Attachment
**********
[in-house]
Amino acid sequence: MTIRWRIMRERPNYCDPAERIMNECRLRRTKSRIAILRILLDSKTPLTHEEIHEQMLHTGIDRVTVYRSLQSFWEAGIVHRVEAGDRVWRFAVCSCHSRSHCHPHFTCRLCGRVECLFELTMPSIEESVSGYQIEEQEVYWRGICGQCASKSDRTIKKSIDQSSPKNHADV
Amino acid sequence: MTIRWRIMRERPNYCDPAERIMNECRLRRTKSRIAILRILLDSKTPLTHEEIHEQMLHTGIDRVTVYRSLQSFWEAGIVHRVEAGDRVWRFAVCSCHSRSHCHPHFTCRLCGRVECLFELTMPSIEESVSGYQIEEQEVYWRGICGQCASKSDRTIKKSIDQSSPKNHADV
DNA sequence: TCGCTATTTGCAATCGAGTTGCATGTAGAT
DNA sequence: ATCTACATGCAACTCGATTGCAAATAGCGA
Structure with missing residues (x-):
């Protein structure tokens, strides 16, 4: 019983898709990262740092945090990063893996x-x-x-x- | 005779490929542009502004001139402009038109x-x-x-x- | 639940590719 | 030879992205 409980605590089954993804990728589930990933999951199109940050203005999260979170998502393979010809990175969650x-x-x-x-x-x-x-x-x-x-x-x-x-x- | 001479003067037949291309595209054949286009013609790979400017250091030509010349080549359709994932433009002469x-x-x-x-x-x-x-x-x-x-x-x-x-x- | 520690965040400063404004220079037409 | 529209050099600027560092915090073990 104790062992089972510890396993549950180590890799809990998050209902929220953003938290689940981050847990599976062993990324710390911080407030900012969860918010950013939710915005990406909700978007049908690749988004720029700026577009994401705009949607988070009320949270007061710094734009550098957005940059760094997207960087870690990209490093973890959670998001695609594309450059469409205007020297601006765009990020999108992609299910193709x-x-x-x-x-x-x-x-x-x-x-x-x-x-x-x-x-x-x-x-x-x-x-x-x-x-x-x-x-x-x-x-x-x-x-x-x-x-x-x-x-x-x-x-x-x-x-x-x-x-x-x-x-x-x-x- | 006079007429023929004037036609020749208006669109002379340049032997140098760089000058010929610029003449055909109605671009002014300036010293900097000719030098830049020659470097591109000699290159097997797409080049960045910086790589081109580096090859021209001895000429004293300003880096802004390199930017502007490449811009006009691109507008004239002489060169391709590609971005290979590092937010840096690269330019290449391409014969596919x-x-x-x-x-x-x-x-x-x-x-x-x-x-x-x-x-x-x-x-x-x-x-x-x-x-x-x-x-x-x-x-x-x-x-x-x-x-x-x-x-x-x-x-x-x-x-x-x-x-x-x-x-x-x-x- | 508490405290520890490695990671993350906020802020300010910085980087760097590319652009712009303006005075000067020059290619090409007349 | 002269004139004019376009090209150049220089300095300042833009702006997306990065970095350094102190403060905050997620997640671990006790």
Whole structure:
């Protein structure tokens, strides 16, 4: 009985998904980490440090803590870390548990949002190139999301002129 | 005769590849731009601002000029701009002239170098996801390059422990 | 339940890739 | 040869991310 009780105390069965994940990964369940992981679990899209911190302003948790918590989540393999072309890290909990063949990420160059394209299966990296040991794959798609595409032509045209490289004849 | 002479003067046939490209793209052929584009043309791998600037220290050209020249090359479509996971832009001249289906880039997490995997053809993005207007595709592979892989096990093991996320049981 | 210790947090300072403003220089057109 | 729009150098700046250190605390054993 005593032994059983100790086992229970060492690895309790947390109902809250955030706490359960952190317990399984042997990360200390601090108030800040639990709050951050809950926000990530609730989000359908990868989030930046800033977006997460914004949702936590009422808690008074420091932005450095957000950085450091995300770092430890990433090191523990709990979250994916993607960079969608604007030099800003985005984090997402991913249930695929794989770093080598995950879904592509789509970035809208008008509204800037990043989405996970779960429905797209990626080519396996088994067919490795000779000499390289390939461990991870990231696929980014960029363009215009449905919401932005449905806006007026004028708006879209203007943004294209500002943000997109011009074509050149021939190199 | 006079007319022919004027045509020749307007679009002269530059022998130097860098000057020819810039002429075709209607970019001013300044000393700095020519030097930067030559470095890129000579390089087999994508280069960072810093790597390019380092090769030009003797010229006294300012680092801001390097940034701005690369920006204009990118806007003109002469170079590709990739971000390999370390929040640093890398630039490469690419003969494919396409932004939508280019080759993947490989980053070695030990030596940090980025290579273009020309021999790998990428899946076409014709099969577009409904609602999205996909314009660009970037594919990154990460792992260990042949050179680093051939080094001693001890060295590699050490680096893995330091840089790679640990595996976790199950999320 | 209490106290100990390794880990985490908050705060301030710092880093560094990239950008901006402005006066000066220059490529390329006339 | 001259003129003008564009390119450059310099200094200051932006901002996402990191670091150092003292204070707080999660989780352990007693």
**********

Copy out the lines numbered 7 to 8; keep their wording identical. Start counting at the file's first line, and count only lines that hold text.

């Protein structure tokens, strides 16, 4: 019983898709990262740092945090990063893996x-x-x-x- | 005779490929542009502004001139402009038109x-x-x-x- | 639940590719 | 030879992205 409980605590089954993804990728589930990933999951199109940050203005999260979170998502393979010809990175969650x-x-x-x-x-x-x-x-x-x-x-x-x-x- | 001479003067037949291309595209054949286009013609790979400017250091030509010349080549359709994932433009002469x-x-x-x-x-x-x-x-x-x-x-x-x-x- | 520690965040400063404004220079037409 | 529209050099600027560092915090073990 104790062992089972510890396993549950180590890799809990998050209902929220953003938290689940981050847990599976062993990324710390911080407030900012969860918010950013939710915005990406909700978007049908690749988004720029700026577009994401705009949607988070009320949270007061710094734009550098957005940059760094997207960087870690990209490093973890959670998001695609594309450059469409205007020297601006765009990020999108992609299910193709x-x-x-x-x-x-x-x-x-x-x-x-x-x-x-x-x-x-x-x-x-x-x-x-x-x-x-x-x-x-x-x-x-x-x-x-x-x-x-x-x-x-x-x-x-x-x-x-x-x-x-x-x-x-x-x- | 006079007429023929004037036609020749208006669109002379340049032997140098760089000058010929610029003449055909109605671009002014300036010293900097000719030098830049020659470097591109000699290159097997797409080049960045910086790589081109580096090859021209001895000429004293300003880096802004390199930017502007490449811009006009691109507008004239002489060169391709590609971005290979590092937010840096690269330019290449391409014969596919x-x-x-x-x-x-x-x-x-x-x-x-x-x-x-x-x-x-x-x-x-x-x-x-x-x-x-x-x-x-x-x-x-x-x-x-x-x-x-x-x-x-x-x-x-x-x-x-x-x-x-x-x-x-x-x- | 508490405290520890490695990671993350906020802020300010910085980087760097590319652009712009303006005075000067020059290619090409007349 | 002269004139004019376009090209150049220089300095300042833009702006997306990065970095350094102190403060905050997620997640671990006790």
Whole structure: